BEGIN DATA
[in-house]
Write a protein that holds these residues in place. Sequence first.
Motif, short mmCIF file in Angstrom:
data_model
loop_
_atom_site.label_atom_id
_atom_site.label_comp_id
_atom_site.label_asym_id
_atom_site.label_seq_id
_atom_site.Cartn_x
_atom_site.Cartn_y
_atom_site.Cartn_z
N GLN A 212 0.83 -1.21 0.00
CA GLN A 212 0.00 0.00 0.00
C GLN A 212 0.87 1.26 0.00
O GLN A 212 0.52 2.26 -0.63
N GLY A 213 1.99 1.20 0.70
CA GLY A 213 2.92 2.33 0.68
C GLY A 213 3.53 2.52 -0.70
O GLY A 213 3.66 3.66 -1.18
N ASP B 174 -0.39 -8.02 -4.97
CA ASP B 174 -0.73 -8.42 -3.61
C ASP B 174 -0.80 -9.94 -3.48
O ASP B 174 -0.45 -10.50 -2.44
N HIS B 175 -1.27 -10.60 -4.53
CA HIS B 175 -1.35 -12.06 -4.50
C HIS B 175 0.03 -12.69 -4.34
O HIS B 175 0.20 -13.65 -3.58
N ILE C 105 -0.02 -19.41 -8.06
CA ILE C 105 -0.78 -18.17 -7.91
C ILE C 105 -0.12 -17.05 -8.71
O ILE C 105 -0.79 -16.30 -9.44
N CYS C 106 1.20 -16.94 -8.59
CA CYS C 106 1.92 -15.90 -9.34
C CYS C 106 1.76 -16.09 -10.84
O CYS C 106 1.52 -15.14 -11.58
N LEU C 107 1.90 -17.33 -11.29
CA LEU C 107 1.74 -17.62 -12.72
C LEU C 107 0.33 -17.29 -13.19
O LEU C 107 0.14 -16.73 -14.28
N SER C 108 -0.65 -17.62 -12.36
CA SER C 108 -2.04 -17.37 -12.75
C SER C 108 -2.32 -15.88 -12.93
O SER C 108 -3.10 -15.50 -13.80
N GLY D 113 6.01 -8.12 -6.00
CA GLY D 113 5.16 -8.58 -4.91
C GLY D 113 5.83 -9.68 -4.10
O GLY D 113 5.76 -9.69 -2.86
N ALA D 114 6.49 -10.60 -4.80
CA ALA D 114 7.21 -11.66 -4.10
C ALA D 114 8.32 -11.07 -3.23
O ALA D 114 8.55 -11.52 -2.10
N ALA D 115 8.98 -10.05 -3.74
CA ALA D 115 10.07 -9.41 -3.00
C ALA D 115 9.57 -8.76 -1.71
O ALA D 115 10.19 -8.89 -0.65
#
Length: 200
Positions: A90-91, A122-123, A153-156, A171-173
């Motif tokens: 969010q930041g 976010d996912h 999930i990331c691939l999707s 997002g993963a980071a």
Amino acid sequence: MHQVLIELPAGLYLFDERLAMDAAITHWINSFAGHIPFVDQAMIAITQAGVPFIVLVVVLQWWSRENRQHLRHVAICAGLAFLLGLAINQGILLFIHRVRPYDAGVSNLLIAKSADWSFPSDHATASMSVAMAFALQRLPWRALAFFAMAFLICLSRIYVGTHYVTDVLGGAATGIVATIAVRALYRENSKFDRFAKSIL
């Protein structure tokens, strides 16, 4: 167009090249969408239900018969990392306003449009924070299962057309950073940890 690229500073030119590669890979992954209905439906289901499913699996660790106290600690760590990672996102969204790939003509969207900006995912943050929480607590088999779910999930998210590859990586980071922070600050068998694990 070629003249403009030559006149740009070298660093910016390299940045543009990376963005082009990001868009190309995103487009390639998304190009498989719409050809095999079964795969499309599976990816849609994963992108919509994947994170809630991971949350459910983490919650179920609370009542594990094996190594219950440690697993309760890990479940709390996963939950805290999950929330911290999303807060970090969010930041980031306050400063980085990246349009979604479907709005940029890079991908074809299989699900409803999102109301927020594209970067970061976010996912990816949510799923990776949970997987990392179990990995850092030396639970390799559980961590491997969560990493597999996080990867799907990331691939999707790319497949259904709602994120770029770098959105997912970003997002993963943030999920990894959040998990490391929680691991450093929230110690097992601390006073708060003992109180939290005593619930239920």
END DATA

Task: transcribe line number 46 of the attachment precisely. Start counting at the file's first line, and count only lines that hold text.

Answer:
CA GLY D 113 5.16 -8.58 -4.91